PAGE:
Our Way of Looking at Things (written 2007)

04/12/2014 08:44

                                            “...our minds, our attitudes, our preferences, and our ways

                                             of looking at the outside world can be changed. Effort,

                                             introspection and clarity, applied with the Breath, do change

                                             our way of looking at things.”

                                              from Golden Wind, Zen Talks by Eido Shimano Roshi


Reading an obscure and puzzling teisho talk of several pages, my mind holds onto a few lines that are straight forward, instructive, reassuring. Until I begin to ponder them.


I know my way of looking at things has changed mightily but it is like surgery, perhaps more painful in the short term. So that the material, the trivial, the escapes and sensory pleasures begin to worry at me and lead me to despair. So too time and its passing. The forgetfulness of our society, of each of us, living “as if” we were in control and time a commodity we can somehow conjure more of. It's not like love. Boundless and bottomless. You cannot give away enough love to find yourself with none remaining. But time? You can fritter it in front of computer screens and TV's. You can set it loose and squander it in self-absorbed or even destructive patterns. The measure before you is ever less. And yet teachers remind me of the eternity in this moment, this breath, this now.


Why is despair so easy for me to touch these days? And joy is like a rainbow I glimpse and lose even as I am looking. The despair instead like the ground beneath my feet. So solid and real. I have toyed now and then with the idea of seeking counsel or even medication and reject both ideas before they are fully formed. I could not relate in counsel with anyone not sharing this world view of mine. I am become a minority. Interesting. Revealing. It leads to new empathy and compassion for whole segments of our culture...immigrants, first nations. A shared ground is needed for this work. And medication would distance me from what I need to let arise and to let go. For what I need to see and know. Indeed, the pleasures, distractions and technologies of today are medications in their own right. A part, a large part, of the problem. People do not stop, be still and listen...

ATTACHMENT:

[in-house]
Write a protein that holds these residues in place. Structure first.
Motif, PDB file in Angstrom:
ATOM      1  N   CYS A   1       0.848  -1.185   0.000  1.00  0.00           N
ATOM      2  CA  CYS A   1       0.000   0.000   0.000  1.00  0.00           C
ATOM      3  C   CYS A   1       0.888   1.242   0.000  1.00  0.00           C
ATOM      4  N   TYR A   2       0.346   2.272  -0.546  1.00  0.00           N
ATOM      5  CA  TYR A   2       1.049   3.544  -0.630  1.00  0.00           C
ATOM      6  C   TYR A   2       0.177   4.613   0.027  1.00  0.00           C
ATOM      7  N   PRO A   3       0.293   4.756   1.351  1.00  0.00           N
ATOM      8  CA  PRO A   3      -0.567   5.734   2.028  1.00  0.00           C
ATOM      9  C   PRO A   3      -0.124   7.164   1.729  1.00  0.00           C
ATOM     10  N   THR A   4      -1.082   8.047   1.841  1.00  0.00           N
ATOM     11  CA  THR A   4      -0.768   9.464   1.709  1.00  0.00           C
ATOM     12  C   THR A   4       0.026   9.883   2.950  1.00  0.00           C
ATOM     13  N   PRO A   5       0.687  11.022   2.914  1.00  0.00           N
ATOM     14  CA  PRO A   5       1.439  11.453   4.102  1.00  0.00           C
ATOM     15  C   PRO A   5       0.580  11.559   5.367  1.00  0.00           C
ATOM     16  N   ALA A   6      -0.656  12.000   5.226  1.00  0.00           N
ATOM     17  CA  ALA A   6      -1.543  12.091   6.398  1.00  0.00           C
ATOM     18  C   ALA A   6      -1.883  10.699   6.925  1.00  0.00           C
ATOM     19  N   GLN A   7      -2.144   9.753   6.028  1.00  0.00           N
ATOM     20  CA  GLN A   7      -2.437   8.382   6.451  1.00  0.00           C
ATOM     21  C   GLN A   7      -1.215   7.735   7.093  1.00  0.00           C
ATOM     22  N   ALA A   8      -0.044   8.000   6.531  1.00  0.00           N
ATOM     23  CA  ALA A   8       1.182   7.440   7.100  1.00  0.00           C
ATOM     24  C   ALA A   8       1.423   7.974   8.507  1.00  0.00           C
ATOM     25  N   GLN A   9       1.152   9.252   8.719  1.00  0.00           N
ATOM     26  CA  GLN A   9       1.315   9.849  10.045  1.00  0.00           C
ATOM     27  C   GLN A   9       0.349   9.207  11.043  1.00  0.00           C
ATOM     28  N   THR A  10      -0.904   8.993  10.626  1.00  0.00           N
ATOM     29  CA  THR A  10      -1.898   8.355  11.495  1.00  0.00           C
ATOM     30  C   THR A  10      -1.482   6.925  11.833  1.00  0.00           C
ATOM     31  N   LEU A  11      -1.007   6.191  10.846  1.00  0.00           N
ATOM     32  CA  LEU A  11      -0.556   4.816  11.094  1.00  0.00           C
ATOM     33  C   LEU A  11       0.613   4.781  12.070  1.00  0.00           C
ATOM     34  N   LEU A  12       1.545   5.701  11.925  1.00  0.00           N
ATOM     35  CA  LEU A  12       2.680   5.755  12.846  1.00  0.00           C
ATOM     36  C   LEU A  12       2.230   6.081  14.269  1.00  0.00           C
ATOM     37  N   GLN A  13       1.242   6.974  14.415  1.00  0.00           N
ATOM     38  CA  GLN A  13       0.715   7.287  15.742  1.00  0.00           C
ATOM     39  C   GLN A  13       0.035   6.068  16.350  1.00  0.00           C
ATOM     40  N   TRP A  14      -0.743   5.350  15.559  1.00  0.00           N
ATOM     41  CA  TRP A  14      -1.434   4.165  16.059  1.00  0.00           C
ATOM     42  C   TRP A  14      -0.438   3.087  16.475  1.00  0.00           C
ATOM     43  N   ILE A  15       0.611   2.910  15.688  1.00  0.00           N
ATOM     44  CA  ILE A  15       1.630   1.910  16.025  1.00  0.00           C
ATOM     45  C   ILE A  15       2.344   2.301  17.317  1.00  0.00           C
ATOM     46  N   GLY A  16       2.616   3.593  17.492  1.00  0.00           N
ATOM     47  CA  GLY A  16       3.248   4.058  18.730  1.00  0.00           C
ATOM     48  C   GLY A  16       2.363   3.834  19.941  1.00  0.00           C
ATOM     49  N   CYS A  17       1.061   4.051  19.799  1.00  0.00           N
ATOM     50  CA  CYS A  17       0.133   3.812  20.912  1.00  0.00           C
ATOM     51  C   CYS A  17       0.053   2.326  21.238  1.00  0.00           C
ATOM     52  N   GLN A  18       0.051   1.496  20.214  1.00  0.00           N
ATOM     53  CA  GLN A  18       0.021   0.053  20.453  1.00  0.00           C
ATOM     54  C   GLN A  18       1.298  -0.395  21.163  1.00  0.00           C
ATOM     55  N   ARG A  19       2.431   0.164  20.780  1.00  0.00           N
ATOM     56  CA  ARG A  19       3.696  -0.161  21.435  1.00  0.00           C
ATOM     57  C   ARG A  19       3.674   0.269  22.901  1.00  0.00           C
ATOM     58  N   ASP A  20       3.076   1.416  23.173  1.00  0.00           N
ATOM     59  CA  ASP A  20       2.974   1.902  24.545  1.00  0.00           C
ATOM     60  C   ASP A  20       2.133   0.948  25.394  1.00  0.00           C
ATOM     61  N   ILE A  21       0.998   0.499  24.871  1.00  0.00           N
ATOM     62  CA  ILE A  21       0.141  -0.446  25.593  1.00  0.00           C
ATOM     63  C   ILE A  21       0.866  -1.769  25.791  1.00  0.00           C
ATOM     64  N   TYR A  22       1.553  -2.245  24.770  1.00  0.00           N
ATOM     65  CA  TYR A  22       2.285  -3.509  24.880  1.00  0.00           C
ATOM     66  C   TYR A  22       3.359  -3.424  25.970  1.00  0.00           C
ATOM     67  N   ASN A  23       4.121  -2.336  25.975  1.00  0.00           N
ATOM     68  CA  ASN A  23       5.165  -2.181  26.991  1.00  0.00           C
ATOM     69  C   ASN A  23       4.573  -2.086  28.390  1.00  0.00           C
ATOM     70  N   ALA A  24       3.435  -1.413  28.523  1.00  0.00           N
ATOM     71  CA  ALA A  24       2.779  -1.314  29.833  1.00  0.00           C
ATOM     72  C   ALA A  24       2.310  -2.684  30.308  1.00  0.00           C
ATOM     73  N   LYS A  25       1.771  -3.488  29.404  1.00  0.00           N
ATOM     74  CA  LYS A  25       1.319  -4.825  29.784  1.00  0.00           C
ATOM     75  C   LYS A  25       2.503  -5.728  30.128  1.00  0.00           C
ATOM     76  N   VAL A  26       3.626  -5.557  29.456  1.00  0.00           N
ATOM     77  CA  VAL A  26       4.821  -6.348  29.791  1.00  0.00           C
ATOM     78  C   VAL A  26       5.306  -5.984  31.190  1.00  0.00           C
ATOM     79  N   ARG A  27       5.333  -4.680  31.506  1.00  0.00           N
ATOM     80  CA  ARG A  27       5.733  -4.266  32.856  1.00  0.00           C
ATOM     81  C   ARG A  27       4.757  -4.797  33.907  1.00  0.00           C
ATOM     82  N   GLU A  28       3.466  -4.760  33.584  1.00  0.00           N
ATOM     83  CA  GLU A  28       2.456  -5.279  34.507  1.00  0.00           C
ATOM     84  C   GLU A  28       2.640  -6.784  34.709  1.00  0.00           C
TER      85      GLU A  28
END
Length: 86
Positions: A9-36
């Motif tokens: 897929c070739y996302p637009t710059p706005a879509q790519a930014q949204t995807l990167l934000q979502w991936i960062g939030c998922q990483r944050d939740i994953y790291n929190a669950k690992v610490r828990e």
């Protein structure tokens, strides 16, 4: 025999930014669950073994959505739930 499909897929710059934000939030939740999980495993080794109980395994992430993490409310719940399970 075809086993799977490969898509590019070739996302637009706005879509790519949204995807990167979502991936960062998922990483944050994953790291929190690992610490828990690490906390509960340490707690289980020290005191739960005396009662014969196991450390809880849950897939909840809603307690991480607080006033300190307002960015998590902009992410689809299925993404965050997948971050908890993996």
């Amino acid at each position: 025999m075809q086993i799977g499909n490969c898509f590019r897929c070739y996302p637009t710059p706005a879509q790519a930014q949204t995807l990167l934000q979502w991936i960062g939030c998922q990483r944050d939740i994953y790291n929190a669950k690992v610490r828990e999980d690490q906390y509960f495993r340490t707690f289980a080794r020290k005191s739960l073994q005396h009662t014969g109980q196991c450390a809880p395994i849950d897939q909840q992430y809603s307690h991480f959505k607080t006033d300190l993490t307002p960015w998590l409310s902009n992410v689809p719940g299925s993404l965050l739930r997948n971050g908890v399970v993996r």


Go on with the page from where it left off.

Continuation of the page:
“Effort, introspection and clarity applied with the breath.” I think of another teacher who advises we feel the breath, not watch it. And sitting I let this be like the wave of the ocean. The breathing of the earth, the world. Fleetingly I feel the breath of each individual...faces and postures flitting through. The grouse who hit the window yesterday and rested in the snow, breathing and recuperating. My sons breathing in this house. Those in hospitals connected to machines. Breathing, being. Sitting in the awful Australian heat, breathing. The homeless here in Whitecourt, hunched over fires in tents in the woods, a news article says, breathing through winter. Our cat watching the grouse, alert and cautious, breathing lightly. The tiny moth who flew low skimming the dinner table last night, resting near my glass.


Yesterday, weary, struggling with tired limbs through air heavy as sand, I thought, “is this what it's for? Doing? Accumulating? Busyness? Training our children to repeat the pattern?” It can't be. So what is it for then? To help. To laugh. To love. To really see. Mary Oliver, poet, says our only job is to pay attention. Paying attention I see my conditioning. It's woven strongly. A hood over my eyes. I lift the edges, pick at the weaving. “Our way of looking at things” can change.